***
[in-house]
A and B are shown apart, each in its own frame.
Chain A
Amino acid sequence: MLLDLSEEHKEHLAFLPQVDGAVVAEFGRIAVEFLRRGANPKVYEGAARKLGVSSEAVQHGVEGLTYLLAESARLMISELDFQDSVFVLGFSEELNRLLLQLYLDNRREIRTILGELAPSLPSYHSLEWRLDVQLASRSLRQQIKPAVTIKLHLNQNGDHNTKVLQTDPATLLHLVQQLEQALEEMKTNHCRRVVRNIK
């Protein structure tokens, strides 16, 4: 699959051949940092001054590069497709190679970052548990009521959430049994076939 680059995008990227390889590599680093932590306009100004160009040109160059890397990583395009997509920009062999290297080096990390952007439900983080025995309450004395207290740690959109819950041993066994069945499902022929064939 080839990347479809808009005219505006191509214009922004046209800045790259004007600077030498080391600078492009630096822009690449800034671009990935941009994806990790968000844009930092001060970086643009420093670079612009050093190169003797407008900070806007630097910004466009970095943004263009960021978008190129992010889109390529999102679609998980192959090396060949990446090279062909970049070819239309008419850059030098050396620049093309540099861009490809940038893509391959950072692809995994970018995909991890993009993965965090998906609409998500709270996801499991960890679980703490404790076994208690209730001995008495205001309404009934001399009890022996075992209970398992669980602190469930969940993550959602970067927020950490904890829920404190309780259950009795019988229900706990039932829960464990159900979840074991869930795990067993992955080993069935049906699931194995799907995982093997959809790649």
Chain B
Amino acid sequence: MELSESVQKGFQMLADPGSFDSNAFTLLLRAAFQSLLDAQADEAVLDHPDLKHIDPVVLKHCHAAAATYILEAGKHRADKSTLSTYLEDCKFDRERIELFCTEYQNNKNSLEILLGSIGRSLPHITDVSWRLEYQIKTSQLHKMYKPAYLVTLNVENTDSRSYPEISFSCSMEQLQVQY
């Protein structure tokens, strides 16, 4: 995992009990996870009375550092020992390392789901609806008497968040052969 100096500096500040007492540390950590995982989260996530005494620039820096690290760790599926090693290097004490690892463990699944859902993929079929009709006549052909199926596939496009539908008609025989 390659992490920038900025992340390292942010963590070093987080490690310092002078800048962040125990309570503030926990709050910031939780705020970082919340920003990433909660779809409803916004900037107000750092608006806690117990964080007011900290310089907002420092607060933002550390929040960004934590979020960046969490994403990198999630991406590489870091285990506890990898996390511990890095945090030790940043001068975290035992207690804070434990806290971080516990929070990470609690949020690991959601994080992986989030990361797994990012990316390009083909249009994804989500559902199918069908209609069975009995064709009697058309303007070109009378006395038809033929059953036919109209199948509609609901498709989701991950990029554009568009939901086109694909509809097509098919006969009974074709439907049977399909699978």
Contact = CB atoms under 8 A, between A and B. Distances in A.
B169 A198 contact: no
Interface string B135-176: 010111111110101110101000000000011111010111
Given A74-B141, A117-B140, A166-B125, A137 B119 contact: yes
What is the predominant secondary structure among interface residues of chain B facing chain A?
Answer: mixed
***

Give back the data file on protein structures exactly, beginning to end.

[in-house]
A and B are shown apart, each in its own frame.
Chain A
Amino acid sequence: MLLDLSEEHKEHLAFLPQVDGAVVAEFGRIAVEFLRRGANPKVYEGAARKLGVSSEAVQHGVEGLTYLLAESARLMISELDFQDSVFVLGFSEELNRLLLQLYLDNRREIRTILGELAPSLPSYHSLEWRLDVQLASRSLRQQIKPAVTIKLHLNQNGDHNTKVLQTDPATLLHLVQQLEQALEEMKTNHCRRVVRNIK
């Protein structure tokens, strides 16, 4: 699959051949940092001054590069497709190679970052548990009521959430049994076939 680059995008990227390889590599680093932590306009100004160009040109160059890397990583395009997509920009062999290297080096990390952007439900983080025995309450004395207290740690959109819950041993066994069945499902022929064939 080839990347479809808009005219505006191509214009922004046209800045790259004007600077030498080391600078492009630096822009690449800034671009990935941009994806990790968000844009930092001060970086643009420093670079612009050093190169003797407008900070806007630097910004466009970095943004263009960021978008190129992010889109390529999102679609998980192959090396060949990446090279062909970049070819239309008419850059030098050396620049093309540099861009490809940038893509391959950072692809995994970018995909991890993009993965965090998906609409998500709270996801499991960890679980703490404790076994208690209730001995008495205001309404009934001399009890022996075992209970398992669980602190469930969940993550959602970067927020950490904890829920404190309780259950009795019988229900706990039932829960464990159900979840074991869930795990067993992955080993069935049906699931194995799907995982093997959809790649």
Chain B
Amino acid sequence: MELSESVQKGFQMLADPGSFDSNAFTLLLRAAFQSLLDAQADEAVLDHPDLKHIDPVVLKHCHAAAATYILEAGKHRADKSTLSTYLEDCKFDRERIELFCTEYQNNKNSLEILLGSIGRSLPHITDVSWRLEYQIKTSQLHKMYKPAYLVTLNVENTDSRSYPEISFSCSMEQLQVQY
């Protein structure tokens, strides 16, 4: 995992009990996870009375550092020992390392789901609806008497968040052969 100096500096500040007492540390950590995982989260996530005494620039820096690290760790599926090693290097004490690892463990699944859902993929079929009709006549052909199926596939496009539908008609025989 390659992490920038900025992340390292942010963590070093987080490690310092002078800048962040125990309570503030926990709050910031939780705020970082919340920003990433909660779809409803916004900037107000750092608006806690117990964080007011900290310089907002420092607060933002550390929040960004934590979020960046969490994403990198999630991406590489870091285990506890990898996390511990890095945090030790940043001068975290035992207690804070434990806290971080516990929070990470609690949020690991959601994080992986989030990361797994990012990316390009083909249009994804989500559902199918069908209609069975009995064709009697058309303007070109009378006395038809033929059953036919109209199948509609609901498709989701991950990029554009568009939901086109694909509809097509098919006969009974074709439907049977399909699978």
Contact = CB atoms under 8 A, between A and B. Distances in A.
B169 A198 contact: no
Interface string B135-176: 010111111110101110101000000000011111010111
Given A74-B141, A117-B140, A166-B125, A137 B119 contact: yes
What is the predominant secondary structure among interface residues of chain B facing chain A?
Answer: mixed